Jonathan Addleton, a former U.S. Ambassador to Mongolia and current Mercer University visiting professor of international and global studies, believes that movies like Black Panther can help students retain concepts. After he penned a story in The Telegraph about foreign policy in Black Panther, he distributed it to the class hoping it would help students remember three schools of foreign policy for upcoming exams.

"I do think that popular culture can be helpful in a variety of ways, including this one," he wrote in an email. "Ironically, it can perhaps also become a platform for making current events seems more 'real' while also discussing broader issues such as development and foreign policy."

Hsu certainly found it easier to talk to her friends about the concepts she was learning vis-a-vis the Marvel Cinematic Universe. "It allowed me to share information about the SDGs and eliminating extreme poverty with my premed friends," she says.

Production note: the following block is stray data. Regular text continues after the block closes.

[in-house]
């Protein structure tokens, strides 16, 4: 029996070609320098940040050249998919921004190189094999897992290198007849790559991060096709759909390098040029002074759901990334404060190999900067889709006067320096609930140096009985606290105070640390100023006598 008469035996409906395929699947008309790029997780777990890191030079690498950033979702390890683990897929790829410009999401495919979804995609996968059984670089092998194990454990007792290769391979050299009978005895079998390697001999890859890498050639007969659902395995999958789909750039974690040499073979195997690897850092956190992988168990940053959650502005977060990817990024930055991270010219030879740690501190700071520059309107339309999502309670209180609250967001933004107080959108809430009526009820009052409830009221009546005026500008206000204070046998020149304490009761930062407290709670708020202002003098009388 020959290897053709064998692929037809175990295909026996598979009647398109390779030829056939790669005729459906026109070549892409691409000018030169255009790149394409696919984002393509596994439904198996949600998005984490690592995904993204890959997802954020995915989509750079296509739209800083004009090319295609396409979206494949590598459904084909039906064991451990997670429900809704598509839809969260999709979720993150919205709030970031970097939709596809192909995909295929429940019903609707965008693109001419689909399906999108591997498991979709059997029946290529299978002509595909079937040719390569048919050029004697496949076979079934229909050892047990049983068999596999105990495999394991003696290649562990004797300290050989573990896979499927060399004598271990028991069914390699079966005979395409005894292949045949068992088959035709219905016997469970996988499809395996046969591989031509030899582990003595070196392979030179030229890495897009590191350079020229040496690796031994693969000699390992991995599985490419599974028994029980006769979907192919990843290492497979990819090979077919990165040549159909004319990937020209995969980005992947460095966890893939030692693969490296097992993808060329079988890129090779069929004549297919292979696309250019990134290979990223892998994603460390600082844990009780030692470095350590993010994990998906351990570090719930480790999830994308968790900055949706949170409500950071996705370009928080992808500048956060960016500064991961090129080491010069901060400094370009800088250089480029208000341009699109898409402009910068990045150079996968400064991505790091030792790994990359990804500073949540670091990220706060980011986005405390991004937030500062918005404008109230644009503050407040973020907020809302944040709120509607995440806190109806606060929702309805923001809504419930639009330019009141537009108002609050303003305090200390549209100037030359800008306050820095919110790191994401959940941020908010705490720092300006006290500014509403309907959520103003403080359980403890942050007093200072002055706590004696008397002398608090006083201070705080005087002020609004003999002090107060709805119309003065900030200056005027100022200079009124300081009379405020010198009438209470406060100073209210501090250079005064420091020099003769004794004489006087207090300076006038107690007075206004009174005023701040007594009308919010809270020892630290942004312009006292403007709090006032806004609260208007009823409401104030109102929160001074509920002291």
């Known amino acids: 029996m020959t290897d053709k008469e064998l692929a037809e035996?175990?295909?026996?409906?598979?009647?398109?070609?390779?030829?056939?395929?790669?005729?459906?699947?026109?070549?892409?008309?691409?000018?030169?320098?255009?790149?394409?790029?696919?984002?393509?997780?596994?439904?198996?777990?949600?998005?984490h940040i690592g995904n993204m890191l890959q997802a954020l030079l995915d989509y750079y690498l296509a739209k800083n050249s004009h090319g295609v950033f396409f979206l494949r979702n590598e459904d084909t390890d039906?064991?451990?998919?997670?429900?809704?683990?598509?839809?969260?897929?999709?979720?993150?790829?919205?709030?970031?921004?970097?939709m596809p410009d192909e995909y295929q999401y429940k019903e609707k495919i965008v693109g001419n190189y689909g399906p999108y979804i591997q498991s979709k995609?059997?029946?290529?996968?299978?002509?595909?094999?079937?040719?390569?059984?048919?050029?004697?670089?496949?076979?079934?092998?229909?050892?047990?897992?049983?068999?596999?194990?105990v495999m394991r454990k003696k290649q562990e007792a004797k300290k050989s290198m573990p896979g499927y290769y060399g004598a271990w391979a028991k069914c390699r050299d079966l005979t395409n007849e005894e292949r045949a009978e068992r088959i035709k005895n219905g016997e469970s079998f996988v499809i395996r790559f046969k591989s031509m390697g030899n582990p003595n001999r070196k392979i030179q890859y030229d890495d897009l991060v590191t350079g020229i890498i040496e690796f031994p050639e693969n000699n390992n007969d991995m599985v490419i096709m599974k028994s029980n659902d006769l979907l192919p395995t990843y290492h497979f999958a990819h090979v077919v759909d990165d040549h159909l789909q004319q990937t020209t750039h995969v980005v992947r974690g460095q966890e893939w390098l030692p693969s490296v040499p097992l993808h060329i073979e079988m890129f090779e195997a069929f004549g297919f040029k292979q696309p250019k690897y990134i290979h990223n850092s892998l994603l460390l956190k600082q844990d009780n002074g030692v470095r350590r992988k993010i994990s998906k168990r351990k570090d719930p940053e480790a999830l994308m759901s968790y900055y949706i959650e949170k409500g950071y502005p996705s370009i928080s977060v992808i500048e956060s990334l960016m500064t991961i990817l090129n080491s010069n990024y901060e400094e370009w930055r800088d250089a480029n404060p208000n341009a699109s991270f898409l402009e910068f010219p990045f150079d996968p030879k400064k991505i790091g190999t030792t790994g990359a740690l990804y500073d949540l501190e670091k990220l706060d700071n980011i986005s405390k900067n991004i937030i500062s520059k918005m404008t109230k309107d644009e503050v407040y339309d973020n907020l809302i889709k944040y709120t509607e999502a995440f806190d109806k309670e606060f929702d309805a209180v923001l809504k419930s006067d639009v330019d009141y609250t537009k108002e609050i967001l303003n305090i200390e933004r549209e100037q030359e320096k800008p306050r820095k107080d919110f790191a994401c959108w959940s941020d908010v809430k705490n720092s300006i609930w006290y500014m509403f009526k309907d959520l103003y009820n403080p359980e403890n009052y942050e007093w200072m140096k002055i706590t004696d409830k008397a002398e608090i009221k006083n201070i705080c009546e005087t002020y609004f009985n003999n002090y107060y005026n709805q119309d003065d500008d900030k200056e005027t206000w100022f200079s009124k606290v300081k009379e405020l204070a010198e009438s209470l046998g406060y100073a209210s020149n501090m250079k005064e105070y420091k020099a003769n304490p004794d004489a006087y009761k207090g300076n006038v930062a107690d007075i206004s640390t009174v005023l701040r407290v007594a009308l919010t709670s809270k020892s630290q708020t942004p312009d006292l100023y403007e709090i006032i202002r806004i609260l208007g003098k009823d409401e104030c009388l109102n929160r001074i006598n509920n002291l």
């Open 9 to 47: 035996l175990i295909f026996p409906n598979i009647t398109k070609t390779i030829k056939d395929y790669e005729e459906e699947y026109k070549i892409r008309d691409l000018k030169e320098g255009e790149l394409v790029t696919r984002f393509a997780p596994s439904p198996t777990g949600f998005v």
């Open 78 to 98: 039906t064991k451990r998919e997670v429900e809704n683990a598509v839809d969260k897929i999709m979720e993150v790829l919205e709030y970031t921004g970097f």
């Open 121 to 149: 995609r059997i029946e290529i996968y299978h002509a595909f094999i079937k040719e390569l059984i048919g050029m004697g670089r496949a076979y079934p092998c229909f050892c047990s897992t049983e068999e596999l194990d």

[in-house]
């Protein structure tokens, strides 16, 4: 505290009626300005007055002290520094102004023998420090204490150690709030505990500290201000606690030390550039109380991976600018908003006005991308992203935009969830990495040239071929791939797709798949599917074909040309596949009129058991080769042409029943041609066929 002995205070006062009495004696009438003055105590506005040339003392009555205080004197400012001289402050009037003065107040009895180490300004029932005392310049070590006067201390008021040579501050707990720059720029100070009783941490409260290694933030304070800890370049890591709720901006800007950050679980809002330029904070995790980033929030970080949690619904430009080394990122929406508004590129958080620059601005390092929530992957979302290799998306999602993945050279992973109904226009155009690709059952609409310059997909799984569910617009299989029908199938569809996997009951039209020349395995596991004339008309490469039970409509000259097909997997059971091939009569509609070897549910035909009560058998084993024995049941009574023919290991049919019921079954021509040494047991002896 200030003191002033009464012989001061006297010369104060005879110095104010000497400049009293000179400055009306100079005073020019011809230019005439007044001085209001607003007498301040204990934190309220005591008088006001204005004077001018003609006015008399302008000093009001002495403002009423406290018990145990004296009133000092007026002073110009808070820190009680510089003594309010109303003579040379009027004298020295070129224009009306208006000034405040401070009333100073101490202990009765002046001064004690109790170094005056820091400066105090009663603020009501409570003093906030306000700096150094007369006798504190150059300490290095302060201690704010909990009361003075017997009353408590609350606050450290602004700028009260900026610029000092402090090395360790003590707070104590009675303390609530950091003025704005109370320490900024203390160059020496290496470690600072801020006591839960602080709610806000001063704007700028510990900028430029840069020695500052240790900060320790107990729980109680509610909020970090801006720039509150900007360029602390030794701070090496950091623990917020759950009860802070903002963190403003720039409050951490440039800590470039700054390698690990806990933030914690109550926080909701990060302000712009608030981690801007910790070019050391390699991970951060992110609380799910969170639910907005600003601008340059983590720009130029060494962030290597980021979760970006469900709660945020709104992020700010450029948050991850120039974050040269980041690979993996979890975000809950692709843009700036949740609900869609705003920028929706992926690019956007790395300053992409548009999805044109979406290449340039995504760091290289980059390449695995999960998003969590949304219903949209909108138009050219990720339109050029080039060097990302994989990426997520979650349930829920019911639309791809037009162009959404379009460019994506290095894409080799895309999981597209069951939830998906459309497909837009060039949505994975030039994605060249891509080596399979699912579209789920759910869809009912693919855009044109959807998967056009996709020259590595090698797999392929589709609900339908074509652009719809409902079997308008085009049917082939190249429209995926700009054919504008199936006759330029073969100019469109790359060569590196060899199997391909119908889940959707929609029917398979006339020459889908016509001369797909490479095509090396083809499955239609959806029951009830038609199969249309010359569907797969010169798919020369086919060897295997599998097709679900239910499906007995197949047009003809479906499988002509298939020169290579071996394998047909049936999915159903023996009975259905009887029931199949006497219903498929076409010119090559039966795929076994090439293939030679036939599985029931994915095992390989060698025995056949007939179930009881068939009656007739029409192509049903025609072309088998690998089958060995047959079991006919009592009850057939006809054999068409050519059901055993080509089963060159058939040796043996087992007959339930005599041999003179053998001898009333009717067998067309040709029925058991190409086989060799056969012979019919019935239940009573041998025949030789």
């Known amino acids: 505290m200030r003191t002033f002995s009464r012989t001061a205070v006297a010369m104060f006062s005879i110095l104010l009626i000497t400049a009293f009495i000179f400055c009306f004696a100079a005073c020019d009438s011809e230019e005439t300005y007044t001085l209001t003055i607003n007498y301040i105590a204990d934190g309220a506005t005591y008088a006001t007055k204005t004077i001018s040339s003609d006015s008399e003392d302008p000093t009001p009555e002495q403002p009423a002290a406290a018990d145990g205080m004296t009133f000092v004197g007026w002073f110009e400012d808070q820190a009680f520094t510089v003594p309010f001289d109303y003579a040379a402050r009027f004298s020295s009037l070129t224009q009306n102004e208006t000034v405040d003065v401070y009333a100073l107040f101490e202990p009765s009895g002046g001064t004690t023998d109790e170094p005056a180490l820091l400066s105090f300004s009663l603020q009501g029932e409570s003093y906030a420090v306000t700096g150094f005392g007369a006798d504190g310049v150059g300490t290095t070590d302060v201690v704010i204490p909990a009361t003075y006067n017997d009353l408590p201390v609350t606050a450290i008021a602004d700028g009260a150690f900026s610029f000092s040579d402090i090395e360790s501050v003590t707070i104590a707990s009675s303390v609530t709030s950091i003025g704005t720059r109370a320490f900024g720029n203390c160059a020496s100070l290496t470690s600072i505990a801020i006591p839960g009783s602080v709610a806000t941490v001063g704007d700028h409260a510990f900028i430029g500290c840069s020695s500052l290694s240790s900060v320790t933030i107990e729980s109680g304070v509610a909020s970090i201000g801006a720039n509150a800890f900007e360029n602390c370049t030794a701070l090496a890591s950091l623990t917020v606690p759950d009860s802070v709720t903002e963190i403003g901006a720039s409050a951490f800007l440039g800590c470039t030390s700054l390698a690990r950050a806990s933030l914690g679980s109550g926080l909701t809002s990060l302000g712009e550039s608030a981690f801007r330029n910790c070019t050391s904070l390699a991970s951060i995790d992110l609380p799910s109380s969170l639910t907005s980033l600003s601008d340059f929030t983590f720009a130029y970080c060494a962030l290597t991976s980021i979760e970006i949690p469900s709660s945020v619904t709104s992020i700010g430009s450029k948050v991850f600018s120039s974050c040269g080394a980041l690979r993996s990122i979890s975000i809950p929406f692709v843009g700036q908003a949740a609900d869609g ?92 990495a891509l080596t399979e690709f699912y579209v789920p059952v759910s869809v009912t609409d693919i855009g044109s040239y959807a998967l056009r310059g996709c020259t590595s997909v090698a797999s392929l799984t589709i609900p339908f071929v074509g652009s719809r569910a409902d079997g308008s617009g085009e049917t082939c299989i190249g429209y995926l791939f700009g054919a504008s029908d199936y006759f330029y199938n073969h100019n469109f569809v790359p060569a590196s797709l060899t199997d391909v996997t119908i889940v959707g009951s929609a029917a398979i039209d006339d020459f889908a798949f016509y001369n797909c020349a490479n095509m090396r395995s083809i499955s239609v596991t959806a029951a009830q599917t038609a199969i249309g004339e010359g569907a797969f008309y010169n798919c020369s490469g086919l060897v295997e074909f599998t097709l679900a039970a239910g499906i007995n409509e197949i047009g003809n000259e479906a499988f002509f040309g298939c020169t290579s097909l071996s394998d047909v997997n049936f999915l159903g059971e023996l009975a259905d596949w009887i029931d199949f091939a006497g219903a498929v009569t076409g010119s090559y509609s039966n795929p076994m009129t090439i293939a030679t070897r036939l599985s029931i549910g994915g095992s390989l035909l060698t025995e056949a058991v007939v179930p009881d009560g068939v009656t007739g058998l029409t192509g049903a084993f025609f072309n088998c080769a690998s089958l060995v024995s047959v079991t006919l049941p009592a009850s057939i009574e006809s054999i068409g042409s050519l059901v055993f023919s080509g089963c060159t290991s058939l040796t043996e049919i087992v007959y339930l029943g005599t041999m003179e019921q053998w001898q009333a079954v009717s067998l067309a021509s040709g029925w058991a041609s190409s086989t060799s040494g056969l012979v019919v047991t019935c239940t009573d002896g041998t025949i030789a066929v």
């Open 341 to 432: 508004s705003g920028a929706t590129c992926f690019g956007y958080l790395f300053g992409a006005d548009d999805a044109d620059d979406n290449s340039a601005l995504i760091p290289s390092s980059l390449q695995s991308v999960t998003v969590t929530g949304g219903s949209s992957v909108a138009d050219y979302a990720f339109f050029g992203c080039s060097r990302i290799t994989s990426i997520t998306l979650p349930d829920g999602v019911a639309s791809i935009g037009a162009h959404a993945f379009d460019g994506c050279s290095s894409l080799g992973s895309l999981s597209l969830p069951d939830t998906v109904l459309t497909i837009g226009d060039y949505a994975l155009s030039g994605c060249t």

Steinberg's students are currently preparing a 120-page report on the project, which has already been requested by the Brookings Institution, the Ford Foundation and the National Youth Foundation. And on Thursday they presented to a group of professors and peers, some of whom Steinberg admits fell asleep during the talk.

"I think they came because they thought this was so cool — because Wakanda," he says. "But this was hard economics we were doing."